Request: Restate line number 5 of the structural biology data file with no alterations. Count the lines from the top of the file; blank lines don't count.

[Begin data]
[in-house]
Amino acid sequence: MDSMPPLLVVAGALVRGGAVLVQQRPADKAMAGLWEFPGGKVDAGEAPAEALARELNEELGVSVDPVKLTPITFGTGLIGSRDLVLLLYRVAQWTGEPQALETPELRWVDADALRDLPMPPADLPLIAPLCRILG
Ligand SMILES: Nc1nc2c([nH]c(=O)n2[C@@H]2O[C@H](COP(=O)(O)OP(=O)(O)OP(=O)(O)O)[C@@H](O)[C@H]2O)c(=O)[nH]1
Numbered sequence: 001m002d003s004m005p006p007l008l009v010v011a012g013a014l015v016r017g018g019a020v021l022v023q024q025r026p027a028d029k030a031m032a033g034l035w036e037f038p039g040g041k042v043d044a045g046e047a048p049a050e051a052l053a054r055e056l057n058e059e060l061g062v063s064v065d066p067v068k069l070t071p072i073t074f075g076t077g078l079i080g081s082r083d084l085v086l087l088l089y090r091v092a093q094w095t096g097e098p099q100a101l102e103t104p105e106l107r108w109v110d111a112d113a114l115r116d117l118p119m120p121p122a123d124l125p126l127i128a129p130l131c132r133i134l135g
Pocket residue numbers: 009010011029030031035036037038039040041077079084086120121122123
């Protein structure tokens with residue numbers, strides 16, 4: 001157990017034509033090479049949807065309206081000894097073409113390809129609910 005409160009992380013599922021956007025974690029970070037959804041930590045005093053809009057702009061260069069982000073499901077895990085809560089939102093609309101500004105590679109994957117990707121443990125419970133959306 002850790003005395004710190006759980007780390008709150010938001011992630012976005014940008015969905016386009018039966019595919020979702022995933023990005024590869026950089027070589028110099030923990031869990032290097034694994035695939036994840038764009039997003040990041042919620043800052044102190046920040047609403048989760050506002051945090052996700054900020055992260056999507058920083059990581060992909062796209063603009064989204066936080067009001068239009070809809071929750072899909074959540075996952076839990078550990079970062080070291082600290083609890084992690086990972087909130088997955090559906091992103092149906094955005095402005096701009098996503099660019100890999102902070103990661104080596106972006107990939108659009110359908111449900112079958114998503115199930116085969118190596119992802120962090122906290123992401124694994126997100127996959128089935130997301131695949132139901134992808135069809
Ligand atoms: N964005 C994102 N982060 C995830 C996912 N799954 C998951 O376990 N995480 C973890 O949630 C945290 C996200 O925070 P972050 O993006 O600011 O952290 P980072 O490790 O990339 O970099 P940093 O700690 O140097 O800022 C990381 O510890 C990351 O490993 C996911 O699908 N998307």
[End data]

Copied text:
Pocket residue numbers: 009010011029030031035036037038039040041077079084086120121122123